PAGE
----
In the last post, I introduced the top-to-random shuffle. In particular, we considered why this sort of procedure was important as an alternative to choosing an ordering afresh, and how to we would go about measuring how close we had got to randomness.
In this post, I want to develop the second of these points. The intuition might be that we can get very close to uniform randomness if we repeat the shuffle often enough. Recall this means that even if we choose our bet in a really complicated and careful way, we still couldn’t make much profit by knowing the actual distribution of the ordering. But we might also suspect that the pack will never be exactly random, in the same way that the distribution of the proportion of heads seen on a repeatedly-flipped coin will eventually get very close to 1/2, but will not be exactly 1/2.
This intuition is extremely sensible, and in general is true. It is a nice fact, however, that it fails for the top-to-random shuffle, where we do in fact get to a uniformly random deck. Recall that we approximated how long it would take to get to a state that was roughly random by calculating the time taken for the original bottom card to rise to the top of the deck. This time was:
where n is the total number of cards. A further shuffle is required to send the original card back into the pack somewhere. The claim is that the pack is now uniformly random. Note that if we ever actually use this, we have to be careful because although we can calculate the average time at which this event happens, the time itself is random. Rather than worry about that, let’s see why it is true.
As a motivating example, let’s assume that the pack was originally in the order 1,2,3,…,n, and consider the final relative order of the cards numbered 1 and 2. There is some small probability that on the first go (and then again on the second go possibly also) that the card number 1 stays put. Let’s ignore that possibility and progress to the first time that the 1 has been moved into the interior of the pack, so the 2 is now on top. When we do this, we are choosing a number between 2 and n uniformly at random, and moving the card numbered 1 to this position. Let’s call this number X.
Now, when we try to shuffle the 2, we are choosing a number between 1 and n uniformly at random, and moving the card numbered 2 to this position. Let’s call this number Y. Under exactly what circumstances does 2 end up above 1? The clearest example is if Y=X. Then card 2 has been moved to the position previously occupied by card 1. So card 1 moves up a position (since the card 2 is no longer on the top). The final configuration therefore includes card 1 directly above card 2. So we can say
where the fact that the inequality in the second probability is strict is important. To calculate this second probability, we want to exploit the symmetry of the situation. The only problems are that the case X=Y is not symmetric as then 1 ends up above 2 as described above, and also that X cannot be 1. So we account for these separately. Note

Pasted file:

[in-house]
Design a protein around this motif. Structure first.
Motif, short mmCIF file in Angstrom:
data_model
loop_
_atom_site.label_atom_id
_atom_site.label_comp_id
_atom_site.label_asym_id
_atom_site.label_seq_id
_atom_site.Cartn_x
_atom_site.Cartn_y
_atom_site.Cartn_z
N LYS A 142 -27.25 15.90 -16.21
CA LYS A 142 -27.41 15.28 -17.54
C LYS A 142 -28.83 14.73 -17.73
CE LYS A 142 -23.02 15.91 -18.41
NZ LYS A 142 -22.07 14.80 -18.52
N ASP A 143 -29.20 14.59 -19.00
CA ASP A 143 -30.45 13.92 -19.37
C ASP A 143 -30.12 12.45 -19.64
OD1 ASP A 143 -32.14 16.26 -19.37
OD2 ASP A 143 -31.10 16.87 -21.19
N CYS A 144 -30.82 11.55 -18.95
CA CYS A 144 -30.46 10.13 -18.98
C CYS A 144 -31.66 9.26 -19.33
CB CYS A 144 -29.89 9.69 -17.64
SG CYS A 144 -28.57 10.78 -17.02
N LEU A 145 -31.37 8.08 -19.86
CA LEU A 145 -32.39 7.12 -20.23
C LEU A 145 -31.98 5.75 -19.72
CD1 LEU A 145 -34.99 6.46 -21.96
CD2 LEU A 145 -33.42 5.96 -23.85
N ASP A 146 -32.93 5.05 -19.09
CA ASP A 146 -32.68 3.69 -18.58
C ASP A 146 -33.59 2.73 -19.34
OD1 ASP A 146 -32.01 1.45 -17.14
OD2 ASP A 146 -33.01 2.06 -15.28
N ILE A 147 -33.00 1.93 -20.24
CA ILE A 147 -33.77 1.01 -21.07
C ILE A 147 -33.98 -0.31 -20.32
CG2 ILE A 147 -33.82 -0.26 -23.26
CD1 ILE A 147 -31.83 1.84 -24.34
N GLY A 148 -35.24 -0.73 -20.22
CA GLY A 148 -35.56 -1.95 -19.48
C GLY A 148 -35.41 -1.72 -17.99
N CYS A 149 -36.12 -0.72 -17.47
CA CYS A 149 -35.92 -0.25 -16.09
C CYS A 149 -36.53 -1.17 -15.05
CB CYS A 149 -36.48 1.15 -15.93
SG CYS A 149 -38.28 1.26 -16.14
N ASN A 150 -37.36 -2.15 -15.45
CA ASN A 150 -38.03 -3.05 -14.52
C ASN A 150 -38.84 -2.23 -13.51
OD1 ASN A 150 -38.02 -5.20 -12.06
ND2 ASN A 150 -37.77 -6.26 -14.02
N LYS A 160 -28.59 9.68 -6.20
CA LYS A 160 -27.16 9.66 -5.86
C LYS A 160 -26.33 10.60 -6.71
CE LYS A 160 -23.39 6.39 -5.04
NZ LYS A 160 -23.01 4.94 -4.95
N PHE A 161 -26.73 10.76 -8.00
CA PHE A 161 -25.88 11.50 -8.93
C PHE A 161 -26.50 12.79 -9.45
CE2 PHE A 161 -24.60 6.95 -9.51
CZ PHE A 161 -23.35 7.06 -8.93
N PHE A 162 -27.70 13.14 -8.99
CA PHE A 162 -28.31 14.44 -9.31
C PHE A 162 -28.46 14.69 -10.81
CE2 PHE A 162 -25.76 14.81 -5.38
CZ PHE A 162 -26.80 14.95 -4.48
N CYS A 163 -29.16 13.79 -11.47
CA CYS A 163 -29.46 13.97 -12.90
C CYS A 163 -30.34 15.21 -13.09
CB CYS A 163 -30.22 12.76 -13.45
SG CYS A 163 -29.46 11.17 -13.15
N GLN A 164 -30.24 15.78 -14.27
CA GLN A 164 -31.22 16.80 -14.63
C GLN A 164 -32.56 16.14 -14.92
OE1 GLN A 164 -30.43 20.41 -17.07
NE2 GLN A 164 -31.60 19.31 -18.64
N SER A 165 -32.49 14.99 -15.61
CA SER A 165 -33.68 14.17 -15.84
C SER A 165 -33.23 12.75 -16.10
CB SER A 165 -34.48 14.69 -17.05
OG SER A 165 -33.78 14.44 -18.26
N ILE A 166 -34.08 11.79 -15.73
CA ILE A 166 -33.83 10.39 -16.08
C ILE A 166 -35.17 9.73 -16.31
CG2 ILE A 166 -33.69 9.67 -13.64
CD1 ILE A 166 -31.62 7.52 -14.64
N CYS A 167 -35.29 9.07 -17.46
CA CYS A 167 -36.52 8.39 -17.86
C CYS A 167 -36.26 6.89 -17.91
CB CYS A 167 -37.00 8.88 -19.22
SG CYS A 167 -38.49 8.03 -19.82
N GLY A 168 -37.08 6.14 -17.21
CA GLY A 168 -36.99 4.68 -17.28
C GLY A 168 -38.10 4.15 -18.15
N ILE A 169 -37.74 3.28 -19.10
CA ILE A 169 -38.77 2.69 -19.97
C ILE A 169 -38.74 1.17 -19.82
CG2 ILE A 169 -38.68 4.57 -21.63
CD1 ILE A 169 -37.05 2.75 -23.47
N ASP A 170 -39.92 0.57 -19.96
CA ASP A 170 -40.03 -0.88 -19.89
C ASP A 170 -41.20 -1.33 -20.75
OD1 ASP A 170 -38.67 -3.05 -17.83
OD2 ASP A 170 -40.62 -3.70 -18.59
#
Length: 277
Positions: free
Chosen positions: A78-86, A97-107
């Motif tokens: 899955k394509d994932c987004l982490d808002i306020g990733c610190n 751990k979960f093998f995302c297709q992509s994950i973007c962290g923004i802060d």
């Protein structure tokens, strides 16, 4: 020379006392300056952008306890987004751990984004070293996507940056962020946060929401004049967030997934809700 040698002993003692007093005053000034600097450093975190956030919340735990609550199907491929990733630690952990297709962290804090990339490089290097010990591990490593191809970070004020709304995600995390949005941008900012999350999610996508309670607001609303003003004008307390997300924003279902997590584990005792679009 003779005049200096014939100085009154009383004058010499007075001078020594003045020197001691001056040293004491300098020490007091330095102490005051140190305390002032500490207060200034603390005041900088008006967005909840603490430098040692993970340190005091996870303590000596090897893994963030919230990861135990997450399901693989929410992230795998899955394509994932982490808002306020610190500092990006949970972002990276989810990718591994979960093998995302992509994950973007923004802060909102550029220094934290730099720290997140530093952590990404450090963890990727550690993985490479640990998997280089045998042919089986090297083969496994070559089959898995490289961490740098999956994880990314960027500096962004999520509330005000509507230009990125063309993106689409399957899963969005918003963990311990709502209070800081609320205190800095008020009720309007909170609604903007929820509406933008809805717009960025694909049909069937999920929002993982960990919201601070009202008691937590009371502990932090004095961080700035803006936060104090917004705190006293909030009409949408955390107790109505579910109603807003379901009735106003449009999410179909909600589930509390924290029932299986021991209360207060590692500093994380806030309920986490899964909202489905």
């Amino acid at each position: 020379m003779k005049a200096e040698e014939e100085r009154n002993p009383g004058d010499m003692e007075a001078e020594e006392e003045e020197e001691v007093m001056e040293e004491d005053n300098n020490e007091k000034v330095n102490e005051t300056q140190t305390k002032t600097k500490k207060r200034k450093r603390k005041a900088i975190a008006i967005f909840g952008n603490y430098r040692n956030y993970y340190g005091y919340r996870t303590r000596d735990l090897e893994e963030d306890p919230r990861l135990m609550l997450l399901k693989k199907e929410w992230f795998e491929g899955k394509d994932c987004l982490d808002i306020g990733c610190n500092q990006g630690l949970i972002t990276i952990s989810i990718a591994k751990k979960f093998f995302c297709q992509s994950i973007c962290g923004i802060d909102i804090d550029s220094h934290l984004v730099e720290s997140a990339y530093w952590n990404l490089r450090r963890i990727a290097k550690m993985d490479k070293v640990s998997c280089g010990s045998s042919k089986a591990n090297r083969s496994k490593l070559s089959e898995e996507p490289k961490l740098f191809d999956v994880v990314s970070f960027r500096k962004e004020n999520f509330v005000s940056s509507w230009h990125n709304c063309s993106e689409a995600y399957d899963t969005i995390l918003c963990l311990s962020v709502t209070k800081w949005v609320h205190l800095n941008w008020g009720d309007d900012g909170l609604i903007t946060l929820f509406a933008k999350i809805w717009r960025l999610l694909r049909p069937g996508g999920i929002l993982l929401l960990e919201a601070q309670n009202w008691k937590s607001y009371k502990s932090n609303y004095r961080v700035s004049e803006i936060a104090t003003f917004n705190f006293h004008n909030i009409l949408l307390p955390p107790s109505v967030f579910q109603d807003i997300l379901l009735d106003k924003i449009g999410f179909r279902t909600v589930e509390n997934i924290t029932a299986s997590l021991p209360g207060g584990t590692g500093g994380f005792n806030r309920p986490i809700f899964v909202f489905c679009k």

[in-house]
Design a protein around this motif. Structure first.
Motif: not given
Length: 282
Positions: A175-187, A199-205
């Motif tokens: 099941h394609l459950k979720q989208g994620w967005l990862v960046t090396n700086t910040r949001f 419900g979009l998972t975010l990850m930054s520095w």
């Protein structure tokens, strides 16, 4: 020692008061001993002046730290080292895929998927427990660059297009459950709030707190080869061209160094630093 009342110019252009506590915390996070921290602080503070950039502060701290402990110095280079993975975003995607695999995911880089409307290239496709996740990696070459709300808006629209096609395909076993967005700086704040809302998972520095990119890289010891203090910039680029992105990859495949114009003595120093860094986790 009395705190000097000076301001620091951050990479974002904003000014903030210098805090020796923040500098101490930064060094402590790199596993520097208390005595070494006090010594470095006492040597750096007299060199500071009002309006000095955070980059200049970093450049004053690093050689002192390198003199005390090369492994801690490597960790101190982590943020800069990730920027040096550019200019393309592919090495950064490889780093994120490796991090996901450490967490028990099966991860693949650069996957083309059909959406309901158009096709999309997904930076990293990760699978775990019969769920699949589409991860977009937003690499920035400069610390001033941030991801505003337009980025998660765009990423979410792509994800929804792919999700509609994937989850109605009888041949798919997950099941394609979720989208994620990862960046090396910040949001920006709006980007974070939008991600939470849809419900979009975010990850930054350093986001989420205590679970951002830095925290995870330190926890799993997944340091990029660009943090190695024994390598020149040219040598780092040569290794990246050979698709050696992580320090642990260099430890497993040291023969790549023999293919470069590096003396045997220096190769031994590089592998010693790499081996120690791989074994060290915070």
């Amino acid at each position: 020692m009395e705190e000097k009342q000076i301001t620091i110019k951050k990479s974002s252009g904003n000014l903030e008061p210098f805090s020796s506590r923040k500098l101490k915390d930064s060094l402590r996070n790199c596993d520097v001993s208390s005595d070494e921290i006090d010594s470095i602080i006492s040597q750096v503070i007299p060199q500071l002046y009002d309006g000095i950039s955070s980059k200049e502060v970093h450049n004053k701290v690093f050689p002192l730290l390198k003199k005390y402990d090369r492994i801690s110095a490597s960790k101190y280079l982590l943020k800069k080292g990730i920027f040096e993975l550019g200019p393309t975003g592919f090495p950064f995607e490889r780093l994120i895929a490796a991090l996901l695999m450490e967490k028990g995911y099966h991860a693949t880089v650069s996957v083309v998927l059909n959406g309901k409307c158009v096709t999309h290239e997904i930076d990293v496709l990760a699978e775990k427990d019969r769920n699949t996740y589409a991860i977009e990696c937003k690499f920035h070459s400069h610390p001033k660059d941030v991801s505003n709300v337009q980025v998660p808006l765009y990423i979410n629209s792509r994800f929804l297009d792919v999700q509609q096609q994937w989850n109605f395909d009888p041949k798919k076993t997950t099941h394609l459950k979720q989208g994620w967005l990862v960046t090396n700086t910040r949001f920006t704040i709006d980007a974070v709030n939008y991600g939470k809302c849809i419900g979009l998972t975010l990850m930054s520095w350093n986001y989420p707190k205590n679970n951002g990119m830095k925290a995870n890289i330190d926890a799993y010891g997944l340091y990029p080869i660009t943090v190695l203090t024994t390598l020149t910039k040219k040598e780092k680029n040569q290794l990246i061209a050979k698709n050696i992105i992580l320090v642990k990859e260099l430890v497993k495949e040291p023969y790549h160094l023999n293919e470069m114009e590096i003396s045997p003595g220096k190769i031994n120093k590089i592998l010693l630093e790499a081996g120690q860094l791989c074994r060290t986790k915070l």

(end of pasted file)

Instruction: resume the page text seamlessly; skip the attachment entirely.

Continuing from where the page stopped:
The second result holds overall since it holds whenever we condition on a particular value of X. These events are also disjoint. Then
In summary, the cards 1 and 2 will be in uniformly random order. We might like to extend this idea, but it will get complicated when we add card 3 to the mix, as it is possible (if unlikely) that 1 and 2 will be further mixed before this. This shouldn’t affect the result much, but it will get complicated to define the notation required to carry this sort of argument all the way up to the nth card.
Even using induction is not going to make life substantially easier. Knowing that once we have inserted cards 1,2,…,k into the pack they are in uniformly random order is not enough to make inference about what happens once we put k+1 into the pack. We have to know something about the current positions of 1,2,…,k. For example, if one of these cards is definitely on the bottom of the pack, then the probability that k+1 ends up last among 1,2,…,k+1 is 1/n rather than 1/k+1 as it should be. So in fact we would have to control an annoying amount of information jointly.
In the argument we attempted above, we were looking at the first times some card k got folded back into the pack. Note that this division of time is different to the one we were using for the coupon collector approach to the mixing time in the previous post. Let’s try to use that instead here.
Now we consider the times at which a card is moved below card n. We deliberately decline to say what these cards are. But rather, we want to prove that, conditional on the cards below n being , the ordering of these is uniform on , that is, every possibility is equally likely. Now this is easy to prove by induction. For, by conditioning on and being the new card to be moved below n, we are conditioning on the set of cards below n now being . The position of the new card is uniformly random within this, by construction of the top-to-random shuffle, and so the new arrangement is uniformly random on the (k+1)! possibilities.
To see why we have proved the original result we wanted, note that this argument works at the time when the original bottom card is now at the top. So the remaining cards are uniformly randomly ordered. Inserting card n at random gives an arrangement that is uniformly random overall. So as we suggested before, working out how long it takes to get close to randomness in this case reduces to working out how long it is before the original bottom card hits the top and is re-inserted, as at that point, the pack genuinely is uniformly random.
- The Smartest Gambler (maxktricks.wordpress.com)
- Your Old Deck of Cards is Unique (alwaysephemera.com)
- Cooperation through useful delusions: quasi-magical thinking and subjective utility (egtheory.wordpress.com)
- A technical lemma I am finding surprisingly useful (drmaciver.com)
- How not to prove that P is not equal to NP (gowers.wordpress.com)